Toronto police have arrested a man who they believed killed two men who disappeared from the city’s Gay Village last year, fueling fearsfrom residents and LGBTQ advocates that a serial killer has been stalking the community.
Bruce McArthur, a 66-year-old landscaper living in Toronto’s Thorncliffe community, was arrested and charged with two counts of first degree murder, police announced in a press conference on Thursday afternoon.
Selim Esem and Andrew Kinsman both disappeared from the area in April and June, respectively. Their cases were being investigated by a task force called Project Prism.
“Yesterday, significant progress was made in the investigation,” said Det.-Sgt. Hank Idsinga. “We believe [McArthur] is responsible for the deaths of Mr. Kinsmen and Mr. Esem… We also believe there are other victims.”
IDENTIFYING OTHER VICTIMS
Police have secured five properties — four in Toronto and one in Madoc — they believe are associated with McArthur, although they wouldn’t describe the significance of the properties.
They will not release a photo of McArthur.
“At this stage, we’re concerned with identifying other victims of Mr. McArthur,” said Idsinga.
Esem and Kinsman’s bodies have not yet been found, said police, who are searching for them.
Police had been investigating McArthur for months, they said. Yesterday, they discovered evidence that “pushed [them] over the edge.”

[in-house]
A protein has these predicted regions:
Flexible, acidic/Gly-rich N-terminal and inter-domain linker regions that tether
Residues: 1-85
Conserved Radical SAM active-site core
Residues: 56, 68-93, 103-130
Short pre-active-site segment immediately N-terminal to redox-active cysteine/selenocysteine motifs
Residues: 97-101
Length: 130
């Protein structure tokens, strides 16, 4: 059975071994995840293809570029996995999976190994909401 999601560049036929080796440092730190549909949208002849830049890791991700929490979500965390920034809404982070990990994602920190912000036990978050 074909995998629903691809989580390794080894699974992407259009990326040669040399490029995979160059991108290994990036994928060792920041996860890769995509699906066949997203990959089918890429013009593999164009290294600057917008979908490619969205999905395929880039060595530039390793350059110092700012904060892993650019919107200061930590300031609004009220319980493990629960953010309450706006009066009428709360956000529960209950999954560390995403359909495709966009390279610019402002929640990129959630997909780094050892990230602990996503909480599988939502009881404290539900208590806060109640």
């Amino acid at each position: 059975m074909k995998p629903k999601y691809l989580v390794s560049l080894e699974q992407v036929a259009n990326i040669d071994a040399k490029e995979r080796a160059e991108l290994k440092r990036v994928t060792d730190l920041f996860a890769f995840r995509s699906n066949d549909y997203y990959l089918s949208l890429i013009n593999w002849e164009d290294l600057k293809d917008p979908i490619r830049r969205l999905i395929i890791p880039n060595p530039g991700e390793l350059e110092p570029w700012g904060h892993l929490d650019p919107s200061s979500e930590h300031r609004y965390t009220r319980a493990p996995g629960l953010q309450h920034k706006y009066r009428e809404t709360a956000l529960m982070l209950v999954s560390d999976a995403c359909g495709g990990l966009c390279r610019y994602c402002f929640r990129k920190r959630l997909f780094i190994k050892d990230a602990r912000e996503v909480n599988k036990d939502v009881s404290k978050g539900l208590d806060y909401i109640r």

Idsinga confirmed that Kinsman and McArthur had a sexual relationship “for some time,” but said they did not know the nature of his relationship with Esem.
They also said McArthur was found on dating apps, although they would not disclose which ones.
“We have some evidence that leads us to believe there are further victims,” said Idsinga. “We are aware of the other missing men from the village, and we’re trying to identify whether they’ve become victims of Mr. McArthur as well.”
Last month, police had dismissed rumors of a serial killer in the area, despite growing concerns about safety in the community.
“There has been a great deal of misinformation disseminated through the media and other mediums,” said Det Sgt. Michael Richmond had told reporters.
Police also rebuffed suggestions that Kinsman and Esen’s cases were linked, or that they were connected to another three disappearances from The Village between 2010 and 2012.
In November, months after her body was found, police identified the body of Alloura Wells, a trans woman who went missing in July. On Thursday, they did not provide an update on the investigation into her death.
Last month, also in the Church Wellesley area, 22-year-old Tess Richey’s body was found a few doors down from where she went missing, just days prior. Richey’s death was initially ruled an accident, but a post-mortem determined the cause of her death was neck compression. Her death is also being investigated as a homicide.